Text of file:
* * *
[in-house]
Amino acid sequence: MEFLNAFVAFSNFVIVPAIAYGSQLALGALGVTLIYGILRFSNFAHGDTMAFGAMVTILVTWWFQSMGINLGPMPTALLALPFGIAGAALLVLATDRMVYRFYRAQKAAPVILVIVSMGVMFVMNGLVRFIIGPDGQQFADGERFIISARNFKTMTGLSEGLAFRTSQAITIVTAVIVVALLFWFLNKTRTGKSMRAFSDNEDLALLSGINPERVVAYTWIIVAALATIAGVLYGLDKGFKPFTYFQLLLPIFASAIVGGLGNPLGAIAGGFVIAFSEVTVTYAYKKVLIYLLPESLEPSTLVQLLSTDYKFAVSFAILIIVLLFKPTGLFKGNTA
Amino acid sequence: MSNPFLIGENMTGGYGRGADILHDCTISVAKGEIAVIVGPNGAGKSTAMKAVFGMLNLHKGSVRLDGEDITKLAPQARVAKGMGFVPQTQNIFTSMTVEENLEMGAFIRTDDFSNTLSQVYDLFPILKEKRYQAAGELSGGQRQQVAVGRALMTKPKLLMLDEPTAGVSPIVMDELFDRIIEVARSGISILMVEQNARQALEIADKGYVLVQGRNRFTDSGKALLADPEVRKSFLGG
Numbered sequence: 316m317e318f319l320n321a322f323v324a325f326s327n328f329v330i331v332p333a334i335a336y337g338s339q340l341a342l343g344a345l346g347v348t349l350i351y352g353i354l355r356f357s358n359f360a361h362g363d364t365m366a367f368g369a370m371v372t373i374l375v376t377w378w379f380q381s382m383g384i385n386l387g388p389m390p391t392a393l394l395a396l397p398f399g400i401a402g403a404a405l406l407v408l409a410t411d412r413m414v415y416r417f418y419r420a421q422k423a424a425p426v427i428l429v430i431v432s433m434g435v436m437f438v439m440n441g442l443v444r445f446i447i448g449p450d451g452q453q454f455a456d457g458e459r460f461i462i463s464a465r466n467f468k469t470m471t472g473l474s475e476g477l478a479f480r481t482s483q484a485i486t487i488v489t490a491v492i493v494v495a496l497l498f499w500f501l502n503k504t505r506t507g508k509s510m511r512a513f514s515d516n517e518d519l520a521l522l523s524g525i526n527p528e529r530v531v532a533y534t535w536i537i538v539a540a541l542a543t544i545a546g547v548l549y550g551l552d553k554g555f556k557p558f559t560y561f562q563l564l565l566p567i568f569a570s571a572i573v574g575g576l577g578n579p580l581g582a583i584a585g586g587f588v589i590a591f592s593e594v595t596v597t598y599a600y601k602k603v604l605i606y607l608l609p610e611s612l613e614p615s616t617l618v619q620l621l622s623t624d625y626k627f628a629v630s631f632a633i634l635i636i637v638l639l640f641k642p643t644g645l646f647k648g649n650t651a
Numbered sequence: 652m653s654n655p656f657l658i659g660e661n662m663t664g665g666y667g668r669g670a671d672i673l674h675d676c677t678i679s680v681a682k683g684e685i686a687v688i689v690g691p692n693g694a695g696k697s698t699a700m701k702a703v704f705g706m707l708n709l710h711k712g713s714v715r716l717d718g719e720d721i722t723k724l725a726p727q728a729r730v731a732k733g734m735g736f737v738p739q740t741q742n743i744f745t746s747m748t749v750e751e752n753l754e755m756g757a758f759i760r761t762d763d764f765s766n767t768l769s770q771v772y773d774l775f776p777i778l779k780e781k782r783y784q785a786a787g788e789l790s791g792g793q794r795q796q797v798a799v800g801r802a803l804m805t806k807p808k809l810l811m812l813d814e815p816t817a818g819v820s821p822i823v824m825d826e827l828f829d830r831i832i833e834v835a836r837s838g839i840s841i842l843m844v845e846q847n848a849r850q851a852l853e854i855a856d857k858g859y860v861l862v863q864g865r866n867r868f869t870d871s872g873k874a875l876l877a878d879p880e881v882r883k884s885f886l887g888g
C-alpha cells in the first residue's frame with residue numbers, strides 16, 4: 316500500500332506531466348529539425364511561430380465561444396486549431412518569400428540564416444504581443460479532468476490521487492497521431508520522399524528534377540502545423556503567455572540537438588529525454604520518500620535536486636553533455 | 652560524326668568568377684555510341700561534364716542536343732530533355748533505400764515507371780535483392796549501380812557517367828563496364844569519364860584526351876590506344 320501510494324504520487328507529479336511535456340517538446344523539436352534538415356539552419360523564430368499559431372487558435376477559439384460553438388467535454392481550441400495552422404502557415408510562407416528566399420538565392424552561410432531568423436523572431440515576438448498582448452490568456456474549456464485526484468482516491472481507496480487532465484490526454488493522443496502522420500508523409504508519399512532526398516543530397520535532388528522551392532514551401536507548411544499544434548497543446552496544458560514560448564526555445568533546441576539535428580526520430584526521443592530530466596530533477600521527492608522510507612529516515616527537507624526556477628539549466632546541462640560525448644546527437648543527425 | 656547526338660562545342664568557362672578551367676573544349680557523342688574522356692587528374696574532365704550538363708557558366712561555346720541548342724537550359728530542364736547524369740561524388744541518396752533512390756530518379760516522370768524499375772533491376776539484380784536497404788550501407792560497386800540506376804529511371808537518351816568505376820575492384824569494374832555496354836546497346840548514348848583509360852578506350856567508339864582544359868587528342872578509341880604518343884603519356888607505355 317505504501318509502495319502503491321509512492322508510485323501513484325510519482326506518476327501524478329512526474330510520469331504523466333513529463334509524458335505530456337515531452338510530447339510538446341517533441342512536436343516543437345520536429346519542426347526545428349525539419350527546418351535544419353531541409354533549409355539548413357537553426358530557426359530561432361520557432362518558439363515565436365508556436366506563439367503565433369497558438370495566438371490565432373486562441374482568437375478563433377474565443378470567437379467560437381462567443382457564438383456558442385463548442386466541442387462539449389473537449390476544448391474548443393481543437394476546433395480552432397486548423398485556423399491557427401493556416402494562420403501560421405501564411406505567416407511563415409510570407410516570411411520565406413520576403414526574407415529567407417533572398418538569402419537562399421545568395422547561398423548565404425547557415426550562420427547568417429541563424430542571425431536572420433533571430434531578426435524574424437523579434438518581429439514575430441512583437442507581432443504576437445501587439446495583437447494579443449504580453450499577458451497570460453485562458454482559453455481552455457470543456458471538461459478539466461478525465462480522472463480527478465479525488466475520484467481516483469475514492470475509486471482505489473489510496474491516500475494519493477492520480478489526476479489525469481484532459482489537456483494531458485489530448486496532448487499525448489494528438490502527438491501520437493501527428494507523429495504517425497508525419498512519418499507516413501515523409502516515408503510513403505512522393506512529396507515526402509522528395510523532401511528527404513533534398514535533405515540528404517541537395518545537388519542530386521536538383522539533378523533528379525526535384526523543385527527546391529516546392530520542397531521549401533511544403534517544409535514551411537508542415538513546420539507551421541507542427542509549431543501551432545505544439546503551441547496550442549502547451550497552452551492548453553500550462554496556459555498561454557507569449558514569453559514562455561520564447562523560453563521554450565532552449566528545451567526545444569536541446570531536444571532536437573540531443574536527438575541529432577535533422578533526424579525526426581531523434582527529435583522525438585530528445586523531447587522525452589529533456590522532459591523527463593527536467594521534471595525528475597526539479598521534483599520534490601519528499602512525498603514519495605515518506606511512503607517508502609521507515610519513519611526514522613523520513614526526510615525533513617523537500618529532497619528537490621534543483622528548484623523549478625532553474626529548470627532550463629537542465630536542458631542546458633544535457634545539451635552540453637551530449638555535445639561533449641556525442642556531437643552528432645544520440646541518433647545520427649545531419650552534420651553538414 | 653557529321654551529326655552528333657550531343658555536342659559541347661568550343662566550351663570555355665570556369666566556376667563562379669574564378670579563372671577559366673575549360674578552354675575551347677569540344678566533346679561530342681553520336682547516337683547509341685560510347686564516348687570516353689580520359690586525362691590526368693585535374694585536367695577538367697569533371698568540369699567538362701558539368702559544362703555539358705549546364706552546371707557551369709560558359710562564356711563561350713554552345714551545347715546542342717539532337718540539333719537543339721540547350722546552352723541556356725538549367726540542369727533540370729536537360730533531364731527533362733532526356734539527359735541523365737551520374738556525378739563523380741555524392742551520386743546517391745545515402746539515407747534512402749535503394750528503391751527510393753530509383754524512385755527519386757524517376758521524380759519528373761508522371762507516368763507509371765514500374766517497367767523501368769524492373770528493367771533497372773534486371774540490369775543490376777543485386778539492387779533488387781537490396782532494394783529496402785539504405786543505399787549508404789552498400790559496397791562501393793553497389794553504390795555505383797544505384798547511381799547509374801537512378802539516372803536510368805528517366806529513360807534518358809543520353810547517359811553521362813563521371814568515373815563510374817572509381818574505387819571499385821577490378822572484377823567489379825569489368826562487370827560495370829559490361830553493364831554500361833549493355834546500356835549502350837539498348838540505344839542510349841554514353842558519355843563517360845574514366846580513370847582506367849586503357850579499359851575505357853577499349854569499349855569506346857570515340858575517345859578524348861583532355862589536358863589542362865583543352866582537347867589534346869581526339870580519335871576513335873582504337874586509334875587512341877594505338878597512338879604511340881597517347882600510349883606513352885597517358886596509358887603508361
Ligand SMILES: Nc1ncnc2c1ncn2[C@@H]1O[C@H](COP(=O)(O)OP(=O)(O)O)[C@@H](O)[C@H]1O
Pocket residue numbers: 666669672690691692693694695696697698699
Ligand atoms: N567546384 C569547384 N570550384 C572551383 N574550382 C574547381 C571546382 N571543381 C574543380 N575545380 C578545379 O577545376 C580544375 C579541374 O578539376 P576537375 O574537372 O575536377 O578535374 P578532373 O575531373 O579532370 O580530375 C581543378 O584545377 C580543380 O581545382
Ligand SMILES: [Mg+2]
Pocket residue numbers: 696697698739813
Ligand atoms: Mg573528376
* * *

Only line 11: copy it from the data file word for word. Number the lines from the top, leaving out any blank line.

Pocket residue numbers: 696697698739813